In the past I have sought your input for special studies that I was preparing, and you always rose to the occasion and flooded my mailbox with your insights. It is truly beneficial to tap into the great spiritual resource of this mailing list, which now reaches close to ten thousand precious souls throughout the world. A great many of you are ministers, elders, deacons, missionaries, authors, college presidents and professors, and you represent the full spectrum of theological perspective: ranging from very conservative to very progressive. Thus, I highly value your input, whether it agrees with my own perspectives or not, and I now seek out that reflective input with respect to the following, which is being increasingly pondered among various congregations in Christendom, especially among those within the Restoration Movement heritage.
We are a society which lives in a world of "sound bytes." Our lives have become so complex, and there are so many demands upon our time and resources, that we have increasingly sought to condense the world about us into smaller portions. That way we can "pack more into" a 24-hour day. Readers' Digest has condensed books, for example, for those who just don't want to invest the time required to "wade through" the whole novel. This thinking seems to be creeping into the church, as well. We want sermons "short and sweet." Any preacher who "prolonged his message until midnight" (Acts 20:7), as did Paul, would likely also be "leaving town at daybreak" (vs. 11), as did Paul. We rarely sing all the verses to our hymns -- "That takes too much time!" We've got to "get them in, and get them out" within an hour. It is also being increasingly suggested throughout the Body of Christ that this "accepting a portion in the place of the whole" is being practiced with regard to such vital matters as baptism and the Lord's Supper. Consider the following email I received yesterday from a doctor in Kentucky:
Is a "crumb and a swallow" to a meal what sprinkling is to immersion? The Willow Creek Community Church in Chicago believes this to be precisely the case. I am told that they evolved from mainly members of Independent Christian Churches. I am not sure if this is true or not, but I do know that many from Independent Christian Churches have gone there to become members and teachers and preachers. At one time they had on their web page, concerning "baptism services," that they "offered" both sprinkling and immersion. The logic behind this (according to the web site) was that if God will accept a person who, in sincerity of heart, observes communion as a small piece of cracker and small sip of juice, instead of a supper, then He will likewise accept a person who is equally sincere but is sprinkled instead of immersed. The Lord looks at the heart, they said. So, they gave new converts a choice. Since then, this web page has been revised, and there is now a statement by the elders that they will now only accept immersion. So, apparently, some turmoil arose over their former position.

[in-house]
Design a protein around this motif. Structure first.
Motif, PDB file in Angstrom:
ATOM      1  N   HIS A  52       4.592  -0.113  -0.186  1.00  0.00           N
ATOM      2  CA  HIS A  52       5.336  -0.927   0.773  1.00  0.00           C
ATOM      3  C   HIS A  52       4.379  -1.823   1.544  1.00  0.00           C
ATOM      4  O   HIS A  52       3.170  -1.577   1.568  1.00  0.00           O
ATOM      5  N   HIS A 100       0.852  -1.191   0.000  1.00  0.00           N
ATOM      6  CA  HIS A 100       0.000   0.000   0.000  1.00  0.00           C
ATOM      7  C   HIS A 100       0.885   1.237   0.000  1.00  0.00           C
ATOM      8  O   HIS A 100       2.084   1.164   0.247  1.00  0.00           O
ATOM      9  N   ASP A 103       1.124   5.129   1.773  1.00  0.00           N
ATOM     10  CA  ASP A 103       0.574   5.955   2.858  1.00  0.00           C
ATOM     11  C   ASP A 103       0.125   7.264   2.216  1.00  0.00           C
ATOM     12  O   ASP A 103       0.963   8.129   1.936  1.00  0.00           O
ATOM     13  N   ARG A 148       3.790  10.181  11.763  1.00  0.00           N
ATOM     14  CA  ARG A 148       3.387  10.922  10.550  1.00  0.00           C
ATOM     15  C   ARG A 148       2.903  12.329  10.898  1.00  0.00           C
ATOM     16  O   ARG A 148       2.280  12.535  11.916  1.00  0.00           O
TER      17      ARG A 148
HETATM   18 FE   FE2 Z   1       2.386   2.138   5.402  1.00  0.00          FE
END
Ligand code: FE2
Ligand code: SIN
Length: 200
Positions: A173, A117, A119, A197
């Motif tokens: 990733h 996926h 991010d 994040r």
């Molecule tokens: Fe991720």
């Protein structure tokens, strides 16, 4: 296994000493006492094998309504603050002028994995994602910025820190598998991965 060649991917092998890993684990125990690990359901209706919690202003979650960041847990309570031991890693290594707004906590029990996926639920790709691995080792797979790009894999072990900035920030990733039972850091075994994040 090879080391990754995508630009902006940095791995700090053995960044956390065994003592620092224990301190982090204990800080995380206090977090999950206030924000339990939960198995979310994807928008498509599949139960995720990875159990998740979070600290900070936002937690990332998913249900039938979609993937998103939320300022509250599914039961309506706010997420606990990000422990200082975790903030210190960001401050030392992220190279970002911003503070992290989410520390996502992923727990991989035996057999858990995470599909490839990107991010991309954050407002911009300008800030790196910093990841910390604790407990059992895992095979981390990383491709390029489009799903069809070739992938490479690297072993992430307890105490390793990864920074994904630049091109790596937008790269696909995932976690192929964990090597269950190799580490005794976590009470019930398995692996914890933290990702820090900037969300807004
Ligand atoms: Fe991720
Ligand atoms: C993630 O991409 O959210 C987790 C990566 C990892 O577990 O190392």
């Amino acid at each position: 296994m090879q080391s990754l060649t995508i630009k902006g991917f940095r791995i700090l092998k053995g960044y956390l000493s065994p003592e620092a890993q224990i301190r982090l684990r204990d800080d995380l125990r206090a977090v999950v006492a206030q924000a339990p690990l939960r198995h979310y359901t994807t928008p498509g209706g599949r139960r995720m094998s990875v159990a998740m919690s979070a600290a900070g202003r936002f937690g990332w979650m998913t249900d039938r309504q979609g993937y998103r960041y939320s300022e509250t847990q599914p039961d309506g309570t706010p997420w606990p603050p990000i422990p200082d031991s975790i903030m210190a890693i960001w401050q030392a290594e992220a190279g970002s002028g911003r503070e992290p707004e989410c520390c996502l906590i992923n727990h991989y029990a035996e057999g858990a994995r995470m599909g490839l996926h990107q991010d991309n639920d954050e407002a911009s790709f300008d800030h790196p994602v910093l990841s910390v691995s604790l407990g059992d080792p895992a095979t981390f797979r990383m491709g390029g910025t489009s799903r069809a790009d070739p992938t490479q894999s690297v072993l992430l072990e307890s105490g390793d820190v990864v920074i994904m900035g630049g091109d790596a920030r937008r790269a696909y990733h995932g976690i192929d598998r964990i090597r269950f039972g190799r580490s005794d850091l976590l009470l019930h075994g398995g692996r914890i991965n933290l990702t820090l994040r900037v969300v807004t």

At first, I was turned off by this reasoning, and I still cannot say that I could go along with it. This seems to me to be a whittling on God's end of the stick. However, I can't deny the logic that we have diminished the Lord's Supper into something smaller. I am very uncomfortable with allowing a "choice" between sprinkling and immersion. Where I attend, we uphold the standard -- immersion. Yet, I feel terribly inconsistent when I eat the small cracker and drink the tiny amount of juice. I do not feel that God condemns us for having the Lord's Supper like this. So, does He condemn churches who practice a reduced or diminished mode of "baptism"? I agree that analogies do break down at some point, but I have struggled with this particular one for quite some time. Should we allow ourselves and our churches to practice some alternative mode when we know the "correct" mode? I believe with all my heart that God pictured a fellowship meal as the correct setting for the Lord's Supper. That's the FULL picture of what the Lord God intended. A meal in remembrance of Him with a church family. And, I also believe He intended immersion to picture the conversion reality. Both the communion "snack" and sprinkling fall short of that which was intended by God. So, what's a Christian to do who assembles with a church that has a communion "snack" as opposed to a meal? Any thoughts or comments?